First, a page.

Professor Felicia Adebola Adeyoyin (OON), the author of the Nigerian national pledge, has been laid to rest.
The funeral service, which took place at the Yaba Baptist Church, Lagos, throughout the week started with service of songs on Tuesday, a wake-keep on Thursday, and finally the internment at Atan Cemetery on Friday.
Among the numerous dignitaries who attended the funeral was Pastor Tunde Bakare, a friend of the family who had once lived with them.
He wrote in his tribute, “Auntie, you remain an unforgettable helper of my destiny. I lived with your family in 1980/81 while in the Nigeria Law School, and in your unique selflessness, you adopted me into your family.”
A letter of condolence from the Presidency through the Secretary to the Government of the Federation was sent to Mrs Adebola Ogunremi, the Adeyoyin’s daughter and first child. The letter, signed by Boss Mustapha, stated in part that Prof Adeyoyin’s contributions “to nation building are too numerous to mention, chief amongst which is her article, ‘Oath of Allegiance to My Country’ that was later adopted as Nigeria’s National Pledge in 1976.”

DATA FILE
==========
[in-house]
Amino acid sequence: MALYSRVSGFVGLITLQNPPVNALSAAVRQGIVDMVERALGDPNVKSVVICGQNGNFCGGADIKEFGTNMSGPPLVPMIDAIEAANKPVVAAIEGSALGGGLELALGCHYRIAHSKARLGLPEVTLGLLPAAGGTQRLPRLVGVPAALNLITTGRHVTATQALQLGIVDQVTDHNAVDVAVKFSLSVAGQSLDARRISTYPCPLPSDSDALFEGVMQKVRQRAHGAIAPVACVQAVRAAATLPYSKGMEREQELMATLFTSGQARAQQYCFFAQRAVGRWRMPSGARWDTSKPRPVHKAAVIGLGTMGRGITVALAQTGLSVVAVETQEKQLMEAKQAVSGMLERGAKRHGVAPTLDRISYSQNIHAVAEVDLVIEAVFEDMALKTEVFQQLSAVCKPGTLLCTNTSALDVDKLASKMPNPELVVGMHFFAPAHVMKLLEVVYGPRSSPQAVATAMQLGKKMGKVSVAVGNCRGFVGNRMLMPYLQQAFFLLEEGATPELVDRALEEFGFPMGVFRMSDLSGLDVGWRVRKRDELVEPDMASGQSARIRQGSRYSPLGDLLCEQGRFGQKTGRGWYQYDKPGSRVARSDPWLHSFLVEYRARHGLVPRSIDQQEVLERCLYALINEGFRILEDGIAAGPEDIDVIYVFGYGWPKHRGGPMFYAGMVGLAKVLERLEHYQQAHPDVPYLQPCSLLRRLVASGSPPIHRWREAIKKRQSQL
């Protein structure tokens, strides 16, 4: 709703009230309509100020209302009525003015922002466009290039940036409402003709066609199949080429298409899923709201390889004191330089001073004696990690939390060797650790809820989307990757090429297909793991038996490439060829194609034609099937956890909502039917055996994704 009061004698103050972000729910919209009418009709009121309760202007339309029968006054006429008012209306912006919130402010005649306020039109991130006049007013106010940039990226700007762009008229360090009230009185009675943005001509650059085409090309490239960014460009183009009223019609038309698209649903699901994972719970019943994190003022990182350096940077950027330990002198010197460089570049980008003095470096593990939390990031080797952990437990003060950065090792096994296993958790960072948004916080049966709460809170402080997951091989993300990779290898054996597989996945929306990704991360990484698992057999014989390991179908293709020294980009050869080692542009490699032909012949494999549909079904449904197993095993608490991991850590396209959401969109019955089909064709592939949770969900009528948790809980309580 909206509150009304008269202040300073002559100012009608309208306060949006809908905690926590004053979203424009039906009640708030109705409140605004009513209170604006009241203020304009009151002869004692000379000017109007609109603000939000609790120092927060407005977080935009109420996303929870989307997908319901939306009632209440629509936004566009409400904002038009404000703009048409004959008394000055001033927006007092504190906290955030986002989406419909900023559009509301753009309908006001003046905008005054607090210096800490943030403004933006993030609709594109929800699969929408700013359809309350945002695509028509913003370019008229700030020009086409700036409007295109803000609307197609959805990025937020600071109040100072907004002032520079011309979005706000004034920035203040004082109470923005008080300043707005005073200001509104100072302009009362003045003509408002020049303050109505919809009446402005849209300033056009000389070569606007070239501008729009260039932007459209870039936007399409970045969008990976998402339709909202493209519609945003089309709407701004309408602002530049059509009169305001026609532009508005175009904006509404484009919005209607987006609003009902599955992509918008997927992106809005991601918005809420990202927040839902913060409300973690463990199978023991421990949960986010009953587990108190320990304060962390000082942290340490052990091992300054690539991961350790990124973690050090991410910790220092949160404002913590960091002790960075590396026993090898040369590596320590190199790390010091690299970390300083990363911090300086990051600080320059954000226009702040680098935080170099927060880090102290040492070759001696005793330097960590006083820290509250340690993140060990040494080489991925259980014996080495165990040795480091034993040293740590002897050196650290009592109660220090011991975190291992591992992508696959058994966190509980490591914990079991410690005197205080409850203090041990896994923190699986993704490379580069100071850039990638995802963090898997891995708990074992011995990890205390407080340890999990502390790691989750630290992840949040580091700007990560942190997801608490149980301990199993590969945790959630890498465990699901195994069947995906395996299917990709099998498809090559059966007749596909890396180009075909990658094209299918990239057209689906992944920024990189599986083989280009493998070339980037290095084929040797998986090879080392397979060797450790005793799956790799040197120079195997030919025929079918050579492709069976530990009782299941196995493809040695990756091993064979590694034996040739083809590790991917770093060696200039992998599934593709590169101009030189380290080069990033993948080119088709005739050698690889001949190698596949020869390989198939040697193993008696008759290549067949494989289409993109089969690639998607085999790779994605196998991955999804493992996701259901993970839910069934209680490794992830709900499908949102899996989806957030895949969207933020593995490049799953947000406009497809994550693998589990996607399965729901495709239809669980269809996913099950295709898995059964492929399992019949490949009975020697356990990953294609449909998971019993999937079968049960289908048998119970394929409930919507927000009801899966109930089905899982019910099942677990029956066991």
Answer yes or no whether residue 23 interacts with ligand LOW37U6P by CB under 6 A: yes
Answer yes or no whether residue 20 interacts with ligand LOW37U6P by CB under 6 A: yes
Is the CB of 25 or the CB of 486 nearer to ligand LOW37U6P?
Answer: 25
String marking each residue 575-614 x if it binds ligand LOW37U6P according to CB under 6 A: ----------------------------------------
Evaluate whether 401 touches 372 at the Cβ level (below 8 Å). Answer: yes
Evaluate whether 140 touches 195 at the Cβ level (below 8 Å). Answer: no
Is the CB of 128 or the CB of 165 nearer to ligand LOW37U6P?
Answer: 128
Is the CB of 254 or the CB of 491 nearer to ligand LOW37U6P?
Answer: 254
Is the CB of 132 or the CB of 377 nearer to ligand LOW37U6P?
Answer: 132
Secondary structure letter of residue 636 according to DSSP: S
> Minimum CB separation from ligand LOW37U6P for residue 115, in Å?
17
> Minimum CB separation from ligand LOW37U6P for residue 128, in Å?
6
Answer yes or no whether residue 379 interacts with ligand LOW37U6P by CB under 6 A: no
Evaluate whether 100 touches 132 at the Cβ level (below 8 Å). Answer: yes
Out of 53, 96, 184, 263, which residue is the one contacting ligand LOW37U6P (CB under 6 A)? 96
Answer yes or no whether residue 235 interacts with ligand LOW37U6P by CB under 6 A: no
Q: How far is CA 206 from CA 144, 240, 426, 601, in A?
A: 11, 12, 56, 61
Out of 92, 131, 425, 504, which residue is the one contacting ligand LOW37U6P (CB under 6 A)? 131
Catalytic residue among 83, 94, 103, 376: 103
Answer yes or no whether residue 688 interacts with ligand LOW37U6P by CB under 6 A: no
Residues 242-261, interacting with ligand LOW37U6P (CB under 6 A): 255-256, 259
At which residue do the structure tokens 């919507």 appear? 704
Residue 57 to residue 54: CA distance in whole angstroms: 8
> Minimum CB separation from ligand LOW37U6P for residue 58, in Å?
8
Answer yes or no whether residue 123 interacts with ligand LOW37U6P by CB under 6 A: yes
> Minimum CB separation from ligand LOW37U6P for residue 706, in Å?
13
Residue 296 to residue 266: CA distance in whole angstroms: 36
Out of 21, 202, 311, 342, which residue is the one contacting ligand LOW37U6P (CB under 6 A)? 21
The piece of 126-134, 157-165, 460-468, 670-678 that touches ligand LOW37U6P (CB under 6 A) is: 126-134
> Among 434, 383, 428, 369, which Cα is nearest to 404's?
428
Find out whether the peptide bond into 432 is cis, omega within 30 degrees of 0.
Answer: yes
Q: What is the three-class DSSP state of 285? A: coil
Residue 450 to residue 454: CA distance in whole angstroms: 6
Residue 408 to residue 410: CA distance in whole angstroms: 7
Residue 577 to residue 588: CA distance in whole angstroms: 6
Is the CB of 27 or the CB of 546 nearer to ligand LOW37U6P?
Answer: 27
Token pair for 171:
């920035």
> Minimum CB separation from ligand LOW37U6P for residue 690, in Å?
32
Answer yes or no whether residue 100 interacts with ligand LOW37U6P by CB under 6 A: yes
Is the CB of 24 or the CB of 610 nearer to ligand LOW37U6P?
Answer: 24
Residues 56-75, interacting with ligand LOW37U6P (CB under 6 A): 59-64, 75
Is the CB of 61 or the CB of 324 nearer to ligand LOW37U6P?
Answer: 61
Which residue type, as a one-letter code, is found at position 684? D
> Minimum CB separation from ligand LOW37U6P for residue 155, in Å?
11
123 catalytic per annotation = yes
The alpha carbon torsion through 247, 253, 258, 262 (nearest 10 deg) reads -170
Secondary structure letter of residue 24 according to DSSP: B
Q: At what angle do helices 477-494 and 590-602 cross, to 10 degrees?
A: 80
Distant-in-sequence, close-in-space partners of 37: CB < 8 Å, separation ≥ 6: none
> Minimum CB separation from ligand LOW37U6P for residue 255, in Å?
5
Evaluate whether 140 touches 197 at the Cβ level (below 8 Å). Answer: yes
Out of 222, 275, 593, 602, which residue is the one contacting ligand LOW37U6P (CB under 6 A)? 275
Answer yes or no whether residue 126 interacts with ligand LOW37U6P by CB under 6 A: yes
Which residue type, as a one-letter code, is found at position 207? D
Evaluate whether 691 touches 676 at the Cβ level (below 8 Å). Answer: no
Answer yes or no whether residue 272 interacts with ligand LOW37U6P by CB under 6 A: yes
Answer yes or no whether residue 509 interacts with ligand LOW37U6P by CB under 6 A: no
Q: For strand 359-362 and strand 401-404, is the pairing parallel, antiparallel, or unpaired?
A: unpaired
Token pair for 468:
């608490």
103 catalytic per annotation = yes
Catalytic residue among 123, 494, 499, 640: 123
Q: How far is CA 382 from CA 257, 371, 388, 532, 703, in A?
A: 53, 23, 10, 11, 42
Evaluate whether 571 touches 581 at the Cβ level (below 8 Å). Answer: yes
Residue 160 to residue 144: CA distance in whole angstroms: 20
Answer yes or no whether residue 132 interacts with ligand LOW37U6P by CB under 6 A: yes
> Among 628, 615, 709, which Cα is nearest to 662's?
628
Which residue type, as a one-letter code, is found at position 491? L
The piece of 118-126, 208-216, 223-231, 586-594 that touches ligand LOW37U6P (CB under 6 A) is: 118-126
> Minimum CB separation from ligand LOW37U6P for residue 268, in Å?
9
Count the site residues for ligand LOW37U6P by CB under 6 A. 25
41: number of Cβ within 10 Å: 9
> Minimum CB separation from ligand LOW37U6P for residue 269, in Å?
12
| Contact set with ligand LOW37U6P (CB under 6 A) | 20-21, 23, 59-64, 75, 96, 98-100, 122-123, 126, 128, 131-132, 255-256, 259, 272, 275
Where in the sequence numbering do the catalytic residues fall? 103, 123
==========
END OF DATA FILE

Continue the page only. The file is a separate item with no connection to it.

Olusegun Obasanjo, former President, sent his apologies for his absence and described the event as a “personal great loss”.
“Felicia was a patriot,” he said. “She influenced me when I was military Head of State to bring about the National Pledge which has become one of the enduring values we live by.”
Adeyoyin had lectured at the University of Lagos from 1978 to 1994 and had served as a United Nations Administrator as a Regional Population Education Training Adviser for Anglophone Africa from 1994 to 1999.
“A family effort at writing led to my writing the Article which was accepted as the National Pledge in 1976 for which I received the National Honour of the Office of the Order of the Niger (OON) in 2005,” Adeyoyin had said in her autobiography.
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